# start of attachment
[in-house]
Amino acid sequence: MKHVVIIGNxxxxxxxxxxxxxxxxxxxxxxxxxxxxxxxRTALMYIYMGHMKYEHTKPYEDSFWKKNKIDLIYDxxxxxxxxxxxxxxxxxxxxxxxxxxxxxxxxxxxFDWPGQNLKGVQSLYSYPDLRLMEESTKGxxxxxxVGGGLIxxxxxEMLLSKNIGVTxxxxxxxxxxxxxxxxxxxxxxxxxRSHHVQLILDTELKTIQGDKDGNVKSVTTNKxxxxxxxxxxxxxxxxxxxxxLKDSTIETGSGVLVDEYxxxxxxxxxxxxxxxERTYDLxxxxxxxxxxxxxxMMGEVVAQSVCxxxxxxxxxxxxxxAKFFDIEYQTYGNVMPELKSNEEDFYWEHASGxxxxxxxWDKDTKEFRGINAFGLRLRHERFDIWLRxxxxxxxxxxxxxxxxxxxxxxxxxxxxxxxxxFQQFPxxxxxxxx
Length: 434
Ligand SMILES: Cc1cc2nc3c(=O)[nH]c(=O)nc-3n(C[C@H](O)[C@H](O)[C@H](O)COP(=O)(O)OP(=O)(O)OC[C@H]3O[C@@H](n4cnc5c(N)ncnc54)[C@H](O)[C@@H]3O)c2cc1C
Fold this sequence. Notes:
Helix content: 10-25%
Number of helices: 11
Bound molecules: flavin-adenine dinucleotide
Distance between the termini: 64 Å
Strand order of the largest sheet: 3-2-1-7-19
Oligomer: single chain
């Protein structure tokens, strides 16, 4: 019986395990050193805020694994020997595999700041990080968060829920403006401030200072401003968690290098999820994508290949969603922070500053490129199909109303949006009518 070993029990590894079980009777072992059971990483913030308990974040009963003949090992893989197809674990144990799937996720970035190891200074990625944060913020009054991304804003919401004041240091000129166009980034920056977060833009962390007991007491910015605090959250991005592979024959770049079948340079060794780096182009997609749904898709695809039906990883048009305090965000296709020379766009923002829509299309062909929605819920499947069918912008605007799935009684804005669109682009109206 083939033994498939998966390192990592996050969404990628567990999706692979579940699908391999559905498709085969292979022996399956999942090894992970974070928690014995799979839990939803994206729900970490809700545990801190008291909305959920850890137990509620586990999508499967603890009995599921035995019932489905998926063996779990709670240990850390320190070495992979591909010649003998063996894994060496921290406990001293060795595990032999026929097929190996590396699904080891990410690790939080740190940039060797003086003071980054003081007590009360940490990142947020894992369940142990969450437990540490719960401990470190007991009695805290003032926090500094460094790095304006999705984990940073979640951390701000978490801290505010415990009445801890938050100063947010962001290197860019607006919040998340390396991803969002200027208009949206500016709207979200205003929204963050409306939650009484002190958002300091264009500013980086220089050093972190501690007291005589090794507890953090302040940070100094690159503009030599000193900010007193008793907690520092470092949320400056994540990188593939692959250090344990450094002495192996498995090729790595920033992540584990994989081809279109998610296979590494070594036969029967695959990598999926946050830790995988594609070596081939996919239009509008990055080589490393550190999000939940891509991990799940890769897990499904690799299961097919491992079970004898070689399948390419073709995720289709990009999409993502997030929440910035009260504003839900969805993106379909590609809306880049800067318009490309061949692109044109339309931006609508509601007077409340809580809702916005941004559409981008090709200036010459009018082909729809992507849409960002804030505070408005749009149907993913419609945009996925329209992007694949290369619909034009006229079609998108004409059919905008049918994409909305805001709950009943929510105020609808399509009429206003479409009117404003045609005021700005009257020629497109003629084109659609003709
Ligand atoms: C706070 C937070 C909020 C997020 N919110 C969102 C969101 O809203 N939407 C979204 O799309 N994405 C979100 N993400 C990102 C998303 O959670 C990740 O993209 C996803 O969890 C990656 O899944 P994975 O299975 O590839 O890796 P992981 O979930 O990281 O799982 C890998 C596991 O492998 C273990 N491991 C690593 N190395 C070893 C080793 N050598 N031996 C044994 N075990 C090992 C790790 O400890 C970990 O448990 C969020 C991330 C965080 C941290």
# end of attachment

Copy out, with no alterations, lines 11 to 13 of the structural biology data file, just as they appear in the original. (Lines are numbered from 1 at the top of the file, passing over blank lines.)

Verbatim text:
Oligomer: single chain
């Protein structure tokens, strides 16, 4: 019986395990050193805020694994020997595999700041990080968060829920403006401030200072401003968690290098999820994508290949969603922070500053490129199909109303949006009518 070993029990590894079980009777072992059971990483913030308990974040009963003949090992893989197809674990144990799937996720970035190891200074990625944060913020009054991304804003919401004041240091000129166009980034920056977060833009962390007991007491910015605090959250991005592979024959770049079948340079060794780096182009997609749904898709695809039906990883048009305090965000296709020379766009923002829509299309062909929605819920499947069918912008605007799935009684804005669109682009109206 083939033994498939998966390192990592996050969404990628567990999706692979579940699908391999559905498709085969292979022996399956999942090894992970974070928690014995799979839990939803994206729900970490809700545990801190008291909305959920850890137990509620586990999508499967603890009995599921035995019932489905998926063996779990709670240990850390320190070495992979591909010649003998063996894994060496921290406990001293060795595990032999026929097929190996590396699904080891990410690790939080740190940039060797003086003071980054003081007590009360940490990142947020894992369940142990969450437990540490719960401990470190007991009695805290003032926090500094460094790095304006999705984990940073979640951390701000978490801290505010415990009445801890938050100063947010962001290197860019607006919040998340390396991803969002200027208009949206500016709207979200205003929204963050409306939650009484002190958002300091264009500013980086220089050093972190501690007291005589090794507890953090302040940070100094690159503009030599000193900010007193008793907690520092470092949320400056994540990188593939692959250090344990450094002495192996498995090729790595920033992540584990994989081809279109998610296979590494070594036969029967695959990598999926946050830790995988594609070596081939996919239009509008990055080589490393550190999000939940891509991990799940890769897990499904690799299961097919491992079970004898070689399948390419073709995720289709990009999409993502997030929440910035009260504003839900969805993106379909590609809306880049800067318009490309061949692109044109339309931006609508509601007077409340809580809702916005941004559409981008090709200036010459009018082909729809992507849409960002804030505070408005749009149907993913419609945009996925329209992007694949290369619909034009006229079609998108004409059919905008049918994409909305805001709950009943929510105020609808399509009429206003479409009117404003045609005021700005009257020629497109003629084109659609003709
Ligand atoms: C706070 C937070 C909020 C997020 N919110 C969102 C969101 O809203 N939407 C979204 O799309 N994405 C979100 N993400 C990102 C998303 O959670 C990740 O993209 C996803 O969890 C990656 O899944 P994975 O299975 O590839 O890796 P992981 O979930 O990281 O799982 C890998 C596991 O492998 C273990 N491991 C690593 N190395 C070893 C080793 N050598 N031996 C044994 N075990 C090992 C790790 O400890 C970990 O448990 C969020 C991330 C965080 C941290």